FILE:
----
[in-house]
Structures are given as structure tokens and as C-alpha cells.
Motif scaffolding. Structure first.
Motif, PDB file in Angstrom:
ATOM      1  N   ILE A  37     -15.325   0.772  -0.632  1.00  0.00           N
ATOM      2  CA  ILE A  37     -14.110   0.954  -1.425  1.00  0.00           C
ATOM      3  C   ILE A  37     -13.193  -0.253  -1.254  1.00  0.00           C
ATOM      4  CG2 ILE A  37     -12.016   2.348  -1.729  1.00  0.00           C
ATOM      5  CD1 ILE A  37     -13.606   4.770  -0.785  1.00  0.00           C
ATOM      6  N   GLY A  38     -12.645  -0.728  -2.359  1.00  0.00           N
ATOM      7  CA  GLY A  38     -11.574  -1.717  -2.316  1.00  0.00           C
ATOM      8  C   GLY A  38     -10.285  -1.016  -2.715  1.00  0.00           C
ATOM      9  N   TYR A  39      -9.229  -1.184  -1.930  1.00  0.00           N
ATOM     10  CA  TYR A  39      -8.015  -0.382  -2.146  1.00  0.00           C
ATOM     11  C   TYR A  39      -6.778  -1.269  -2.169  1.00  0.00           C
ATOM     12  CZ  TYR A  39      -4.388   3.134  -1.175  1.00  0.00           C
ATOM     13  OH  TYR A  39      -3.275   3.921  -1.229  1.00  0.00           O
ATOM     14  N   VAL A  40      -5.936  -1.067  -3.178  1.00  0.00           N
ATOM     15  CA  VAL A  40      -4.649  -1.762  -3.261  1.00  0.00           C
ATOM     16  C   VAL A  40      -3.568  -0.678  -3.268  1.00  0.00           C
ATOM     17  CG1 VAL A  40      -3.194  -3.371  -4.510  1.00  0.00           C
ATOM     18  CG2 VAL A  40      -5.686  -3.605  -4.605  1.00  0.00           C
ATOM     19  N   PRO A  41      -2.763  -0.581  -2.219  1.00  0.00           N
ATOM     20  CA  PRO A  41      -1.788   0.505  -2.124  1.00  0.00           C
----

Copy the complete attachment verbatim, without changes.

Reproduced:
[in-house]
Structures are given as structure tokens and as C-alpha cells.
Motif scaffolding. Structure first.
Motif, PDB file in Angstrom:
ATOM      1  N   ILE A  37     -15.325   0.772  -0.632  1.00  0.00           N
ATOM      2  CA  ILE A  37     -14.110   0.954  -1.425  1.00  0.00           C
ATOM      3  C   ILE A  37     -13.193  -0.253  -1.254  1.00  0.00           C
ATOM      4  CG2 ILE A  37     -12.016   2.348  -1.729  1.00  0.00           C
ATOM      5  CD1 ILE A  37     -13.606   4.770  -0.785  1.00  0.00           C
ATOM      6  N   GLY A  38     -12.645  -0.728  -2.359  1.00  0.00           N
ATOM      7  CA  GLY A  38     -11.574  -1.717  -2.316  1.00  0.00           C
ATOM      8  C   GLY A  38     -10.285  -1.016  -2.715  1.00  0.00           C
ATOM      9  N   TYR A  39      -9.229  -1.184  -1.930  1.00  0.00           N
ATOM     10  CA  TYR A  39      -8.015  -0.382  -2.146  1.00  0.00           C
ATOM     11  C   TYR A  39      -6.778  -1.269  -2.169  1.00  0.00           C
ATOM     12  CZ  TYR A  39      -4.388   3.134  -1.175  1.00  0.00           C
ATOM     13  OH  TYR A  39      -3.275   3.921  -1.229  1.00  0.00           O
ATOM     14  N   VAL A  40      -5.936  -1.067  -3.178  1.00  0.00           N
ATOM     15  CA  VAL A  40      -4.649  -1.762  -3.261  1.00  0.00           C
ATOM     16  C   VAL A  40      -3.568  -0.678  -3.268  1.00  0.00           C
ATOM     17  CG1 VAL A  40      -3.194  -3.371  -4.510  1.00  0.00           C
ATOM     18  CG2 VAL A  40      -5.686  -3.605  -4.605  1.00  0.00           C
ATOM     19  N   PRO A  41      -2.763  -0.581  -2.219  1.00  0.00           N
ATOM     20  CA  PRO A  41      -1.788   0.505  -2.124  1.00  0.00           C